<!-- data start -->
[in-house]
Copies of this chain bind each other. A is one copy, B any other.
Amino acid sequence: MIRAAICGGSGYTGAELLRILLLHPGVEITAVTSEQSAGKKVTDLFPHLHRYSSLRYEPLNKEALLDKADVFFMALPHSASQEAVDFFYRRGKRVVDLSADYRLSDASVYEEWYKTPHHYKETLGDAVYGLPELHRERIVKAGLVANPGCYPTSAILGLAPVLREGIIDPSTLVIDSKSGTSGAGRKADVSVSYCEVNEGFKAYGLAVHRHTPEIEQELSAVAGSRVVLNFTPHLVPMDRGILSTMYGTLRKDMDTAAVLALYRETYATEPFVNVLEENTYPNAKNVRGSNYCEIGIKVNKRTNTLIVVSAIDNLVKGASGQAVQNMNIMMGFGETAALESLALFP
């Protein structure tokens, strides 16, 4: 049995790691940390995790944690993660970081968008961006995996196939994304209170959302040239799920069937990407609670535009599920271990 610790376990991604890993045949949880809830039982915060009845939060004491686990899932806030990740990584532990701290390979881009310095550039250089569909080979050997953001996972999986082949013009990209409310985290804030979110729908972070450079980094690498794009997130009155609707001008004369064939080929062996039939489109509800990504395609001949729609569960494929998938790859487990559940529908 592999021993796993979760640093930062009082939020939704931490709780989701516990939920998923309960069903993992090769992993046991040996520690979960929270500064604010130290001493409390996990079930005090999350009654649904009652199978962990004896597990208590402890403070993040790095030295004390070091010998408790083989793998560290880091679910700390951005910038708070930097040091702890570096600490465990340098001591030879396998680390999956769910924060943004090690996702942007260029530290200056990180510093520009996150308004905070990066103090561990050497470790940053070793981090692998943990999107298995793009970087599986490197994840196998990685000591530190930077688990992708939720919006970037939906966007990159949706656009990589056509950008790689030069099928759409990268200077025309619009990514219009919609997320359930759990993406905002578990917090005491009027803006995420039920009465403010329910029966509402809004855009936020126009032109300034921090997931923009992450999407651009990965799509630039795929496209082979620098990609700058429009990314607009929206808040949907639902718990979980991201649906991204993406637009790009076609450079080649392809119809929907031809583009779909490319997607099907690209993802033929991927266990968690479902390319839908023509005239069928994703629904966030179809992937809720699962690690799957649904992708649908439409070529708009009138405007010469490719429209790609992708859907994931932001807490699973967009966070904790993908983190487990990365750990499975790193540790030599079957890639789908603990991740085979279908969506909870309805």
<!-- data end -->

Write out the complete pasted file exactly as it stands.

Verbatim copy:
[in-house]
Copies of this chain bind each other. A is one copy, B any other.
Amino acid sequence: MIRAAICGGSGYTGAELLRILLLHPGVEITAVTSEQSAGKKVTDLFPHLHRYSSLRYEPLNKEALLDKADVFFMALPHSASQEAVDFFYRRGKRVVDLSADYRLSDASVYEEWYKTPHHYKETLGDAVYGLPELHRERIVKAGLVANPGCYPTSAILGLAPVLREGIIDPSTLVIDSKSGTSGAGRKADVSVSYCEVNEGFKAYGLAVHRHTPEIEQELSAVAGSRVVLNFTPHLVPMDRGILSTMYGTLRKDMDTAAVLALYRETYATEPFVNVLEENTYPNAKNVRGSNYCEIGIKVNKRTNTLIVVSAIDNLVKGASGQAVQNMNIMMGFGETAALESLALFP
């Protein structure tokens, strides 16, 4: 049995790691940390995790944690993660970081968008961006995996196939994304209170959302040239799920069937990407609670535009599920271990 610790376990991604890993045949949880809830039982915060009845939060004491686990899932806030990740990584532990701290390979881009310095550039250089569909080979050997953001996972999986082949013009990209409310985290804030979110729908972070450079980094690498794009997130009155609707001008004369064939080929062996039939489109509800990504395609001949729609569960494929998938790859487990559940529908 592999021993796993979760640093930062009082939020939704931490709780989701516990939920998923309960069903993992090769992993046991040996520690979960929270500064604010130290001493409390996990079930005090999350009654649904009652199978962990004896597990208590402890403070993040790095030295004390070091010998408790083989793998560290880091679910700390951005910038708070930097040091702890570096600490465990340098001591030879396998680390999956769910924060943004090690996702942007260029530290200056990180510093520009996150308004905070990066103090561990050497470790940053070793981090692998943990999107298995793009970087599986490197994840196998990685000591530190930077688990992708939720919006970037939906966007990159949706656009990589056509950008790689030069099928759409990268200077025309619009990514219009919609997320359930759990993406905002578990917090005491009027803006995420039920009465403010329910029966509402809004855009936020126009032109300034921090997931923009992450999407651009990965799509630039795929496209082979620098990609700058429009990314607009929206808040949907639902718990979980991201649906991204993406637009790009076609450079080649392809119809929907031809583009779909490319997607099907690209993802033929991927266990968690479902390319839908023509005239069928994703629904966030179809992937809720699962690690799957649904992708649908439409070529708009009138405007010469490719429209790609992708859907994931932001807490699973967009966070904790993908983190487990990365750990499975790193540790030599079957890639789908603990991740085979279908969506909870309805």